Posted by: bmeverett | June 8, 2010

The “I Hate Congress Act”


“American Idol” is part of our national mania for measuring people’s popularity. Every week we get to decide which singers stay and which go into ignominious defeat and obscurity. Politicians are subjected to popularity polls almost daily, and over the last year, Congress’s approval rating has fallen to levels usually associated with used car salesmen. A recent CBS News poll showed Congress with an approval rating of only 15%.

Most TV news commentators argue that the public is unhappy because Congress is not moving forcefully to expand the power of the federal government to solve all of our problems quickly at no cost. Not exactly. The real problem is that virtually all members of Congress have stopped paying any attention to the actual problems the country faces, such as terrorism and the national debt, and are instead testing catchphrases with focus groups. OK, staff, which statement gets higher approval ratings: (a) the Earth is flat or (b) the Earth is round? Go with whichever one scores higher on the applause meter.

You can see this problem at work by picking up any piece of draft legislation. You don’t have to read the bill (nobody does that), but at least look at the title. In the good old days, titles would give you a clue regarding the content of the legislation. For example, the Civil Rights Act of 1964 was entitled “The Civil Rights Act of 1964.” Gone are those days. Today, laws carry titles indicating what the bill’s sponsors think is a really slick motto, and the cuter the better. The actual legislative content is irrelevant. The democrats’ health care bill was entitled “The Patient Protection and Affordable Care Act.” Who could possibly vote against such a bill? Presumably only someone who believes in patient exploitation and unaffordable medical care. Unhappy republicans quickly introduced equally silly bills, such as “The Coercion is Not Health Care Act” (Ron Paul, R-TX) and “The 10 Prescriptions for a Healthy America Act” (John Gingrey, R-GA).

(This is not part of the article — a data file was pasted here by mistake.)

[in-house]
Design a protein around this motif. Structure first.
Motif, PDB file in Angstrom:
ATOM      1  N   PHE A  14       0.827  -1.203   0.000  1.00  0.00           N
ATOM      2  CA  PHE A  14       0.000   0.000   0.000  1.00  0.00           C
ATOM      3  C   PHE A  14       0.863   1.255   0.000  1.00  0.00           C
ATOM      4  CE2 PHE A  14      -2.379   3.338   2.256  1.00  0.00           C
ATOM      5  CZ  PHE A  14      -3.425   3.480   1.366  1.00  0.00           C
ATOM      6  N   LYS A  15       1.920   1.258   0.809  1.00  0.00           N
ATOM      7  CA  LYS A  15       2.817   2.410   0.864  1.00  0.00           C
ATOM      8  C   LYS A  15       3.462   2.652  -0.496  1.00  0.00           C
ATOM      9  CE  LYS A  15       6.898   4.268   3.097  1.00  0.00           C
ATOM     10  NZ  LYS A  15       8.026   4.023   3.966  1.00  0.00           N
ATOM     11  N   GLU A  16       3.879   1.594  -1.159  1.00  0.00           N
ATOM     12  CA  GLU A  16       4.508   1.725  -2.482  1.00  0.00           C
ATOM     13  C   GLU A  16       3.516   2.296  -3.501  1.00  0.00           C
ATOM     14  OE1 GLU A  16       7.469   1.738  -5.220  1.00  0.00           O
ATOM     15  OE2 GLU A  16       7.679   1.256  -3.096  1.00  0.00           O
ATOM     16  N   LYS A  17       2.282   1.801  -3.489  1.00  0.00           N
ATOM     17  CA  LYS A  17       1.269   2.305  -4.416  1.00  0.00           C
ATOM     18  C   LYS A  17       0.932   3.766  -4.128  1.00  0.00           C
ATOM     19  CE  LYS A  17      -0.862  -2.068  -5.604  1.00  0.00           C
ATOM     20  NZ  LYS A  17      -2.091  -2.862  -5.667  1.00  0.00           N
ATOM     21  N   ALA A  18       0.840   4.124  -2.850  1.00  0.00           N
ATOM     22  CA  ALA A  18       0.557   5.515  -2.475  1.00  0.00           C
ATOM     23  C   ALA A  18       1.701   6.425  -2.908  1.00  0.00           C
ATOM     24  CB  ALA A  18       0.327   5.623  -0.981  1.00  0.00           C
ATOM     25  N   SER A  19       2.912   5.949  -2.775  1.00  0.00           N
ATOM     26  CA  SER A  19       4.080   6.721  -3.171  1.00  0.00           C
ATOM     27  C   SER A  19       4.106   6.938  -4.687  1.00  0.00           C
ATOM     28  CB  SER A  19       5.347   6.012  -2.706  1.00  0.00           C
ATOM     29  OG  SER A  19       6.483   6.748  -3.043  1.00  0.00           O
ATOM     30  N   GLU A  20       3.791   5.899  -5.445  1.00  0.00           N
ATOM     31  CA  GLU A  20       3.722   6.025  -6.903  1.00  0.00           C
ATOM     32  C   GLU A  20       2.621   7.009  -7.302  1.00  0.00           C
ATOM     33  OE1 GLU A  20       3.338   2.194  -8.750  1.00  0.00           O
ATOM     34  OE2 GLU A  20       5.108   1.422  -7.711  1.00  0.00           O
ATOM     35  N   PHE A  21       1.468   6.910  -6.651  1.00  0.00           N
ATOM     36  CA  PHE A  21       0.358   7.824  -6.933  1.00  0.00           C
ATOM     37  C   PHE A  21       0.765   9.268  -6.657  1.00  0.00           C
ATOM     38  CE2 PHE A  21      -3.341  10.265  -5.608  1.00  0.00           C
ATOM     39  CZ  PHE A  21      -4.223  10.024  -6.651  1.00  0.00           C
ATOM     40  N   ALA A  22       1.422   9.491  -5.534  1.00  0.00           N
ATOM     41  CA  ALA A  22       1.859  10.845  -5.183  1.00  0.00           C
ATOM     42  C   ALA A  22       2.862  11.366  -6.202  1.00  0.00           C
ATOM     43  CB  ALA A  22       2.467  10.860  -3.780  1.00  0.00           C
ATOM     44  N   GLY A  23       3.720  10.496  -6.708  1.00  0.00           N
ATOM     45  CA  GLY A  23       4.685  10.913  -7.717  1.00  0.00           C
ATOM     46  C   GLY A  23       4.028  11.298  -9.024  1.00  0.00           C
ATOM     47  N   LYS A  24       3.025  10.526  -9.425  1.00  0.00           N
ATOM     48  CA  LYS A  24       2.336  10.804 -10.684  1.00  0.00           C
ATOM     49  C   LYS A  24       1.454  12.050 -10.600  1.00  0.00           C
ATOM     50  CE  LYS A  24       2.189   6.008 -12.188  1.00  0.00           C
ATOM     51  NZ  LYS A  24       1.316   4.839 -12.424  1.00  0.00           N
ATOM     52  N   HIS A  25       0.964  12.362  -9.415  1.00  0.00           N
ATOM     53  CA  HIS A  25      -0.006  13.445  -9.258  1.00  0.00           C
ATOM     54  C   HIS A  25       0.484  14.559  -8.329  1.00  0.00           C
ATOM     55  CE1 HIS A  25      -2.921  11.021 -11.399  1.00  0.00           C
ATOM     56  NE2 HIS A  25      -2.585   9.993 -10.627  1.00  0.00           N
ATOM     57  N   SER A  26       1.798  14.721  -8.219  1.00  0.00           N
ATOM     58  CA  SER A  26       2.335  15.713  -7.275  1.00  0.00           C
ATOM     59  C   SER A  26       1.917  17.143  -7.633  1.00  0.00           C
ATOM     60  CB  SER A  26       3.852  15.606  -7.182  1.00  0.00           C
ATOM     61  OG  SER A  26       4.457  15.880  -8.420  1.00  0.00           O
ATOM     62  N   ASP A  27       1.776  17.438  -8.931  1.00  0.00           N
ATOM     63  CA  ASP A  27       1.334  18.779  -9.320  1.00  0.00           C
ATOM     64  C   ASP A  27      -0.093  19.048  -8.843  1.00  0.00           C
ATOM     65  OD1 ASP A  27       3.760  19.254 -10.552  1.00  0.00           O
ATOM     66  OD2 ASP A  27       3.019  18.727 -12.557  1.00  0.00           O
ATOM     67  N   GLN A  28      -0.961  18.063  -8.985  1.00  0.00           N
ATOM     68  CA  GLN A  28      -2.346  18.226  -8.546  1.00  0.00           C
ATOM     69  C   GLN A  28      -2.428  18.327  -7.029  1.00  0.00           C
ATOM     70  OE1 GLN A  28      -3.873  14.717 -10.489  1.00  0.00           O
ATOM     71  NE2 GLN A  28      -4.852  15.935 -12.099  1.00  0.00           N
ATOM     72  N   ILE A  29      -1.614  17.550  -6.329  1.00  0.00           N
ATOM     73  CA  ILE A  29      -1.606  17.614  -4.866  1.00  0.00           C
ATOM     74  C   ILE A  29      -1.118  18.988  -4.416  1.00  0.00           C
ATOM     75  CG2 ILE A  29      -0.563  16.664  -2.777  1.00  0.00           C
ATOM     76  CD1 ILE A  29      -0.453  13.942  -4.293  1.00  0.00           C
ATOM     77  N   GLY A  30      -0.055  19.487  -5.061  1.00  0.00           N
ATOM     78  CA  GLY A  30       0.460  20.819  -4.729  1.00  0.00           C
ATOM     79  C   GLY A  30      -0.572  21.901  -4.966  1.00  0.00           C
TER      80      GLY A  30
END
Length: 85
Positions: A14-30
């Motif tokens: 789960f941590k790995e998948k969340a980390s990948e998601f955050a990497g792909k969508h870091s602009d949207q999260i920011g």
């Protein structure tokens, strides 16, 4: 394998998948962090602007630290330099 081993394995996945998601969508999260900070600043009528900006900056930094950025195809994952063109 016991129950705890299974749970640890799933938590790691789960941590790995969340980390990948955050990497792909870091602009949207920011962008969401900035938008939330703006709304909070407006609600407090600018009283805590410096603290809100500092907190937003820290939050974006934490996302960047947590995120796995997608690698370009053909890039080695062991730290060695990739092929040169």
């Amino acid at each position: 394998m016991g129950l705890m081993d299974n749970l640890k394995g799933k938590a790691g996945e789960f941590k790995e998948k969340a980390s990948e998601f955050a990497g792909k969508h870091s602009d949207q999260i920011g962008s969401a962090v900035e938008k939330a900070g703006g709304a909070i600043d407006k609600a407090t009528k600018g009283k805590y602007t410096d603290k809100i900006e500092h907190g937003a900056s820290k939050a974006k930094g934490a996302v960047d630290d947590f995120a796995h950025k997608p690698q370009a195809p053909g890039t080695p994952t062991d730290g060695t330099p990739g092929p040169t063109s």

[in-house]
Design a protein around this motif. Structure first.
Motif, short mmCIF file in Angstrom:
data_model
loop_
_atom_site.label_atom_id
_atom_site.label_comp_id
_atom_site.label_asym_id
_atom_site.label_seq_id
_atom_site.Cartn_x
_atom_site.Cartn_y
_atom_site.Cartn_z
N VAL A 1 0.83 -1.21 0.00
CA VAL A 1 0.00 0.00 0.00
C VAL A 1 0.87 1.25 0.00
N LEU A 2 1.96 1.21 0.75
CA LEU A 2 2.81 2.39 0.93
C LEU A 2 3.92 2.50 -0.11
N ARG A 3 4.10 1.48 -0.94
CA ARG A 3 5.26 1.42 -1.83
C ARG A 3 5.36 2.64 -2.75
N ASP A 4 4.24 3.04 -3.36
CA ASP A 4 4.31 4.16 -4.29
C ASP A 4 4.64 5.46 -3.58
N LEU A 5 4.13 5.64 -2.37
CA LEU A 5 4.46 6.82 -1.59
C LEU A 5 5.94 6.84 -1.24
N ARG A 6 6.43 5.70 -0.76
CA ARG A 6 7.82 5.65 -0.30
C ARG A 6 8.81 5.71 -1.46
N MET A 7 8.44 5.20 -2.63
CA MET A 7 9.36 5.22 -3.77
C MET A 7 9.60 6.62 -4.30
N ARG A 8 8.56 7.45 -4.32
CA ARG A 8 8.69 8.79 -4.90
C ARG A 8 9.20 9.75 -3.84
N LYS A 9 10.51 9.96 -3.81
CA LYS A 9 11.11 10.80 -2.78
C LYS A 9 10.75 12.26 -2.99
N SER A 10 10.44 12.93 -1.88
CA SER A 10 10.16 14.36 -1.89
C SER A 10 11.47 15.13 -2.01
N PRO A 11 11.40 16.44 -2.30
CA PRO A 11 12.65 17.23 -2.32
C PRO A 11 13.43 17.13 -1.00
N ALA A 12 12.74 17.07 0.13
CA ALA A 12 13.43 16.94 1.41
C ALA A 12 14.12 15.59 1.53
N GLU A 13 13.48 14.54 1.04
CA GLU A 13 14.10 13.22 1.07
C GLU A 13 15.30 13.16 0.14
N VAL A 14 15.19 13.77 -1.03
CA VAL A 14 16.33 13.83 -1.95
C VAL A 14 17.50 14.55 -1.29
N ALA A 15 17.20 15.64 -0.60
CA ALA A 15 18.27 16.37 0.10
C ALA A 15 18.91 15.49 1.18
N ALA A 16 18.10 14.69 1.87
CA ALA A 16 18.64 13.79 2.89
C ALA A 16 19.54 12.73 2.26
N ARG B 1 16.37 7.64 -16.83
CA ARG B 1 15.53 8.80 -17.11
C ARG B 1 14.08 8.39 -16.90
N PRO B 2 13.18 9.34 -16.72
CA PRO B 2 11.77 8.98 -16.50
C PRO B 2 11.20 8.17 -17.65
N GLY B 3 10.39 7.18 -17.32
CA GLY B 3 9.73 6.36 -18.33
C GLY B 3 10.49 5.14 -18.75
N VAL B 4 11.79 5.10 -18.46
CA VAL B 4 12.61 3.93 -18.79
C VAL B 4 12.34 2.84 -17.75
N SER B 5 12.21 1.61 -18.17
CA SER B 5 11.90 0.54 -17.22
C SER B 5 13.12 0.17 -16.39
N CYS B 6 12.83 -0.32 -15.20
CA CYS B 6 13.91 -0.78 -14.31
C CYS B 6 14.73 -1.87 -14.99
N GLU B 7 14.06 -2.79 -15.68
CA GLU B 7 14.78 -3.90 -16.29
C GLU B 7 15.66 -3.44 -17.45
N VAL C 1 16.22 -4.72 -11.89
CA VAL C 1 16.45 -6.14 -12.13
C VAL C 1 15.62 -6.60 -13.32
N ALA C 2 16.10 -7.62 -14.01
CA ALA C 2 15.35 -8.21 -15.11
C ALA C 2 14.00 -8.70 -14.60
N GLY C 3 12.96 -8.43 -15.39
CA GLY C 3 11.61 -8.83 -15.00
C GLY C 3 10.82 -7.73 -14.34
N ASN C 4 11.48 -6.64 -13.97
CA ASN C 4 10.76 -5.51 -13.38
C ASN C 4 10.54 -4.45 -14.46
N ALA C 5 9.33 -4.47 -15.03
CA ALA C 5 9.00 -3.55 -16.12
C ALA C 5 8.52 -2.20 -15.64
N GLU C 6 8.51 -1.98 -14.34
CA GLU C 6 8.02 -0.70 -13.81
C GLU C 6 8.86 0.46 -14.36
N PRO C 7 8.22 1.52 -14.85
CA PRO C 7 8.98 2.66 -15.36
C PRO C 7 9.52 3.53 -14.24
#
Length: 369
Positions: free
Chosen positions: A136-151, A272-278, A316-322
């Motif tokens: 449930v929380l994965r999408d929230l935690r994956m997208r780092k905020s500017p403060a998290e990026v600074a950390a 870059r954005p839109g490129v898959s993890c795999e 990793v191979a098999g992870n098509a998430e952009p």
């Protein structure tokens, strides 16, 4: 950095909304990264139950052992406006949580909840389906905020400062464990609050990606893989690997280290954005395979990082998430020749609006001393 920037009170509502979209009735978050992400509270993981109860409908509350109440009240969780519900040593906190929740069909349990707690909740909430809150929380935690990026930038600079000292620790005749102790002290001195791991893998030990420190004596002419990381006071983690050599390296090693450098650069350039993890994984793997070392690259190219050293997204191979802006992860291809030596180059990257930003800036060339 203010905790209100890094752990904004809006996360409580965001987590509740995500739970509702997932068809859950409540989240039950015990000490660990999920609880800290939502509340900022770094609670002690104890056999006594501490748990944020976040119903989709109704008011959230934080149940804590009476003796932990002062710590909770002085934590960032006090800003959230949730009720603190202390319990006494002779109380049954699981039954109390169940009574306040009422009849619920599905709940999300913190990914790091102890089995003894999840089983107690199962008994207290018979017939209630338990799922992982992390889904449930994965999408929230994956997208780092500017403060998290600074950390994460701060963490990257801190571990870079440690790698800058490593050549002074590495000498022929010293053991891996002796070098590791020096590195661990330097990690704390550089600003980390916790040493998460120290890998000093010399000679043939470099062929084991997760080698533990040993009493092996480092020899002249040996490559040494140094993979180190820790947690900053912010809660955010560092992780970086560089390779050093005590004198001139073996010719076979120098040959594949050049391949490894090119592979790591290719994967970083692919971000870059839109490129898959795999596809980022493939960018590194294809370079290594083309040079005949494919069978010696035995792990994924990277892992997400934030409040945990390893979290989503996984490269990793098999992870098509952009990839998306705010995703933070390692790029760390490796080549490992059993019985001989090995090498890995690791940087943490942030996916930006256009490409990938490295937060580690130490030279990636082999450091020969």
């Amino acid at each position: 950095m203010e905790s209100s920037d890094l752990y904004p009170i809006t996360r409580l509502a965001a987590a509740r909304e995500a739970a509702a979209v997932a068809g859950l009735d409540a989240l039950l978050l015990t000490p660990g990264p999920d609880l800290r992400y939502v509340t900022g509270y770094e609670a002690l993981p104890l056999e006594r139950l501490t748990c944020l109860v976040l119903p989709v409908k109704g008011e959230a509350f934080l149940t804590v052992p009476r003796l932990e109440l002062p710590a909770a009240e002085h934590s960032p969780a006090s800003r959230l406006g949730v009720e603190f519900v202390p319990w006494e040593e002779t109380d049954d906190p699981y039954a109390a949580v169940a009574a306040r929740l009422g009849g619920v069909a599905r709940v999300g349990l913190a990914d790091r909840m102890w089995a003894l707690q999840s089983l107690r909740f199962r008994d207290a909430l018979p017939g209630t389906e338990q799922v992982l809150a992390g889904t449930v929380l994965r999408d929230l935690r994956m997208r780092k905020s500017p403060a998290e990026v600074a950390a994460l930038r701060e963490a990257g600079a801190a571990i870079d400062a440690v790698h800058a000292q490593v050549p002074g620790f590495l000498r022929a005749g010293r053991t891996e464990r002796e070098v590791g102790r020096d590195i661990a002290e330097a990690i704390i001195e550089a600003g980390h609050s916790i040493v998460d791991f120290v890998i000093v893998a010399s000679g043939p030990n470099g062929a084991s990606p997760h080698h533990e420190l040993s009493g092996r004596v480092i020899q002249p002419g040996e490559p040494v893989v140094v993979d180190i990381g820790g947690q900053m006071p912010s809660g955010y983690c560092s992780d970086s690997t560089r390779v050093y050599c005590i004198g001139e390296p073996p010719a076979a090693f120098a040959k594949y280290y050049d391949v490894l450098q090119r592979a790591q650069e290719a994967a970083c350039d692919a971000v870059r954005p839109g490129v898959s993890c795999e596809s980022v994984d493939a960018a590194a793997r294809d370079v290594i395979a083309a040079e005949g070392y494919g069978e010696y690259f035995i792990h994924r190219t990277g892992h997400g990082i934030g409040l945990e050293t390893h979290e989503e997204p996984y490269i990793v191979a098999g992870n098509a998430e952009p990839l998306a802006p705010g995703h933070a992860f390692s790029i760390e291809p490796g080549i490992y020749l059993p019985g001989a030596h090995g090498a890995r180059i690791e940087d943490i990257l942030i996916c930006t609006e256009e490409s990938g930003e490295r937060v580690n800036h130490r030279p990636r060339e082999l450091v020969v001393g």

Energy and climate change legislation are following this trend. Last May, Senator John Kerry (D-MA) introduced the “Energy Fairness for America Act.” Any idea what that was about? Last December, Senators Collins and Cantwell introduced the “Carbon Limits and Energy for America’s Renewal Act”. The only good thing about the bill was its clever acronym. That same month, Congressman Earl Pomeroy (D-ND) introduced a bill called the “Save our Energy Jobs Act.” With titles like those, who needs substance?

The latest attempt at climate and energy legislation was introduced by Senators Kerry (D-MA) and Lieberman (I-CT) with the title “The American Power Act”. Get it? “Power” as in electric power and “power” as in exercising America’s power around the world. How cool is that? Like the health care bill, this one is hefty: 987 pages for the discussion draft. And, yes, I’ve actually read it.

OK, so what exactly is in “The American Power Act”? (Caution: the following discussion contains ideas and images that may be disturbing to readers.) The bill starts with “cap-and-trade”, a concept that’s been around for a while. The idea is simple. Congress sets a limit on greenhouse gas emissions for certain large energy consumers. Those who can operate within their limits do so, but those who cannot stay within the target must purchase emission rights from those who emit less than their entitlement. The auction of these emissions credits sets the market price for carbon. At this point, the government can step out of the picture. Carbon mitigation steps that cost less than the price of carbon will be implemented, while steps that cost more will not. The market will choose which is which.